Preschool anxiety disorders predict different patterns of amygdala-prefrontal connectivity at school-age.
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OBJECTIVE: In this prospective, longitudinal study of young children, we examined whether a history of preschool generalized anxiety, separation anxiety, and/or social phobia is associated with amygdala-prefrontal dysregulation at school-age. As an exploratory analysis, we investigated whether distinct anxiety disorders differ in the patterns of this amygdala-prefrontal dysregulation. METHODS: Participants were children taking part in a 5-year study of early childhood brain development and anxiety disorders. Preschool symptoms of generalized anxiety, separation anxiety, and social phobia were assessed with the Preschool Age Psychiatric Assessment (PAPA) in the first wave of the study when the children were between 2 and 5 years old. The PAPA was repeated at age 6. We conducted functional MRIs when the children were 5.5 to 9.5 year old to assess neural responses to viewing of angry and fearful faces. RESULTS: A history of preschool social phobia predicted less school-age functional connectivity between the amygdala and the ventral prefrontal cortices to angry faces. Preschool generalized anxiety predicted less functional connectivity between the amygdala and dorsal prefrontal cortices in response to fearful faces. Finally, a history of preschool separation anxiety predicted less school-age functional connectivity between the amygdala and the ventral prefrontal cortices to angry faces and greater school-age functional connectivity between the amygdala and dorsal prefrontal cortices to angry faces. CONCLUSIONS: Our results suggest that there are enduring neurobiological effects associated with a history of preschool anxiety, which occur over-and-above the effect of subsequent emotional symptoms. Our results also provide preliminary evidence for the neurobiological differentiation of specific preschool anxiety disorders.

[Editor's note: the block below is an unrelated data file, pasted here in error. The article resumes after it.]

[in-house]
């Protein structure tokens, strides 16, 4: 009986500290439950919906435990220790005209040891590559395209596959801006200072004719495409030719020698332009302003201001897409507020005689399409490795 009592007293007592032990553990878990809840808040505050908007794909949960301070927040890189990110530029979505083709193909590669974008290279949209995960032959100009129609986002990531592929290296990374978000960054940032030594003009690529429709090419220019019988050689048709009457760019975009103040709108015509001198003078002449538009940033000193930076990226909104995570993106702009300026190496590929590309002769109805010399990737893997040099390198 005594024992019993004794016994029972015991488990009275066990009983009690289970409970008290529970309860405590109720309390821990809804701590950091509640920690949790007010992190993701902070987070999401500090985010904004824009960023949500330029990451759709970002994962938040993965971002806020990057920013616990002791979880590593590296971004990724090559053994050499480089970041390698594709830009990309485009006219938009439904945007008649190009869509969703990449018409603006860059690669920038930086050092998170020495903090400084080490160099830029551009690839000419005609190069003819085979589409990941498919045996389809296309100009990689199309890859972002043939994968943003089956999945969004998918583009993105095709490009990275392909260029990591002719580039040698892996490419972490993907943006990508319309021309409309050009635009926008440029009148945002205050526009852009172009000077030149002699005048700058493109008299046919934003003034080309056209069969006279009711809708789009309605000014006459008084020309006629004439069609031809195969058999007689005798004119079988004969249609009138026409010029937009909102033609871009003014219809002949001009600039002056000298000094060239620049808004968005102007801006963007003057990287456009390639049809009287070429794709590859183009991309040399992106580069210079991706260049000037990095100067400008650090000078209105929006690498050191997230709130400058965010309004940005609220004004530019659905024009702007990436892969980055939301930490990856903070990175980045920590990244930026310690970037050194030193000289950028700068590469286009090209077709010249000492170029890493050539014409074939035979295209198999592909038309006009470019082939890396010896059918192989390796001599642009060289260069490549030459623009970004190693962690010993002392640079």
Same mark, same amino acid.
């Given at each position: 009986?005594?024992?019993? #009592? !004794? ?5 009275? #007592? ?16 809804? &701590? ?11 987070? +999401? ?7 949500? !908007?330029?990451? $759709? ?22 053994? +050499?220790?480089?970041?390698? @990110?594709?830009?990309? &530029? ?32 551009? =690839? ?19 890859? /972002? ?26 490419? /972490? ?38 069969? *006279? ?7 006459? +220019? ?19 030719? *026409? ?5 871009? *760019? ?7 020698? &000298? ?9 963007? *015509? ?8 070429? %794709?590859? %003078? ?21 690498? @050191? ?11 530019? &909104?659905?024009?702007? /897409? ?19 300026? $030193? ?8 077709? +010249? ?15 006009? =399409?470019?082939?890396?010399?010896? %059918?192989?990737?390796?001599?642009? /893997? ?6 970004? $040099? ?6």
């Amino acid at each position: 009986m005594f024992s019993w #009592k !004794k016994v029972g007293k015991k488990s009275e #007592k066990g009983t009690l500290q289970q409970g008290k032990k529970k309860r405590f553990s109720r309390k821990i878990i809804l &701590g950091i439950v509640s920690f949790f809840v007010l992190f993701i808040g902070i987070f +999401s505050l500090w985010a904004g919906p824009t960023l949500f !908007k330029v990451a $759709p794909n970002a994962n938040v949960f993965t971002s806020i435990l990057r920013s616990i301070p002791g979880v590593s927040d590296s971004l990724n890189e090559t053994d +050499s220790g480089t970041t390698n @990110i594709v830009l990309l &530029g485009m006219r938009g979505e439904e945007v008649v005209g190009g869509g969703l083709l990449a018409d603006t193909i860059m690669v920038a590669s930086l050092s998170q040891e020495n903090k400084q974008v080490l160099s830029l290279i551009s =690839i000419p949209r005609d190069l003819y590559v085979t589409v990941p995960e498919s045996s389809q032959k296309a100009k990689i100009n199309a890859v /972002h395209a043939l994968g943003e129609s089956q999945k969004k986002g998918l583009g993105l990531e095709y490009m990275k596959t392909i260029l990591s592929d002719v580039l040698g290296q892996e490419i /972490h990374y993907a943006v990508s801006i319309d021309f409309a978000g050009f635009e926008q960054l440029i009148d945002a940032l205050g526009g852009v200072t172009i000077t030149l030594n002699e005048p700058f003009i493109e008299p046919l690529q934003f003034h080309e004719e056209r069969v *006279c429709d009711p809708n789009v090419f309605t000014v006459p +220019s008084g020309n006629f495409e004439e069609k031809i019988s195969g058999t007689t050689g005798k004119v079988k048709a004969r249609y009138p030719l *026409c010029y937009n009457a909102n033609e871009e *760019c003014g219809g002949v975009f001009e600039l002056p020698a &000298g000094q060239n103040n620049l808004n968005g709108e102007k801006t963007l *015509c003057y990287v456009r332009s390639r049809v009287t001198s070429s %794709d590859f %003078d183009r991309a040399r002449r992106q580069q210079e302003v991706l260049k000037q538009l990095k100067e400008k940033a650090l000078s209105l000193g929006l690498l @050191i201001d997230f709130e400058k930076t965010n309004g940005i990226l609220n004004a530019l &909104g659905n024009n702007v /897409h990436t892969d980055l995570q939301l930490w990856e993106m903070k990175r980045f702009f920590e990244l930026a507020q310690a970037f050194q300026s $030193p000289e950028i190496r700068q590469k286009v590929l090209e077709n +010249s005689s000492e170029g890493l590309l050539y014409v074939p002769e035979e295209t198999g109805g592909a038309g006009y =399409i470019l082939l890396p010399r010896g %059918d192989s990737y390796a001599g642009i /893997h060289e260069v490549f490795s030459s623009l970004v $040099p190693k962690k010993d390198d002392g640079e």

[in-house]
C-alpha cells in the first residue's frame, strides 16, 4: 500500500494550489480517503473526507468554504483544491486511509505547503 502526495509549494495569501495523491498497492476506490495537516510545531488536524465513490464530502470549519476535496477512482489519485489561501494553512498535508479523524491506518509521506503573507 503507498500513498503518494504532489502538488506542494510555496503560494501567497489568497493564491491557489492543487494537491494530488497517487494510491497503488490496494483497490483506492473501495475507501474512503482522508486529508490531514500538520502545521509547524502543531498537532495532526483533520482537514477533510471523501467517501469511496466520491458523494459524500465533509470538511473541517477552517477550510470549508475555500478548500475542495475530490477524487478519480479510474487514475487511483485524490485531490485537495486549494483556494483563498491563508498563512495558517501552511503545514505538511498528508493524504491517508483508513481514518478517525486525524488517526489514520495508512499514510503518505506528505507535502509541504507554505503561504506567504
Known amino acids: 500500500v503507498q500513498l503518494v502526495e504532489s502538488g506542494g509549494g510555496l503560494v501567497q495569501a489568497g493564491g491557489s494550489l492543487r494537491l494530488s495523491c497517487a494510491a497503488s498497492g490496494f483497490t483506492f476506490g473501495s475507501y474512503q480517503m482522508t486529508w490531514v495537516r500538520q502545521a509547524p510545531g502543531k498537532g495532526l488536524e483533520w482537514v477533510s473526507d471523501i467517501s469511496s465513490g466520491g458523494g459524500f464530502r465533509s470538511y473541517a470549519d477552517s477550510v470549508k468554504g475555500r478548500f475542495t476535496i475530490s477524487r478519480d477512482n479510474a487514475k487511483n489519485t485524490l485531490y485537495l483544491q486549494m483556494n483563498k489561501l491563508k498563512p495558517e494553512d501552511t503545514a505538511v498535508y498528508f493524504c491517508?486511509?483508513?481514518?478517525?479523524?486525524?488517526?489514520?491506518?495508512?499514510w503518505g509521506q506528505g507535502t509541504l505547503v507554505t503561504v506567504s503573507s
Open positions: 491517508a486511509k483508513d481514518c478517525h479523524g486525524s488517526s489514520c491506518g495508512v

Magnetic Resonance Imaging
Published Version (Please cite this version)10.1371/journal.pone.0116854
Publication InfoAngold, A; Carpenter, KL; Chen, NK; Copeland, WE; Egger, Helen; Gaur, P; ... Song, AW (2015). Preschool anxiety disorders predict different patterns of amygdala-prefrontal connectivity at school-age. PLoS One, 10(1). pp. e0116854. 10.1371/journal.pone.0116854. Retrieved from http://hdl.handle.net/10161/9486.
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Associate Professor Emeritus of Psychiatry and Behavioral Sciences
Developmental epidemiology seeks to apply developmental and epidemiological principles to the study of psychopathology. Within this overall framework, my main research interests relate to the study of depression, anxiety, and disruptive behavior disorders and their effects on service use in children and adolescents. Current activities include studies of (1) relationships among pubertal hormonal changes, morphological changes, life strain, and psychopathology; (2) the development of measures
Adjunct Professor in the Department of Psychiatry and Behavioral Sciences
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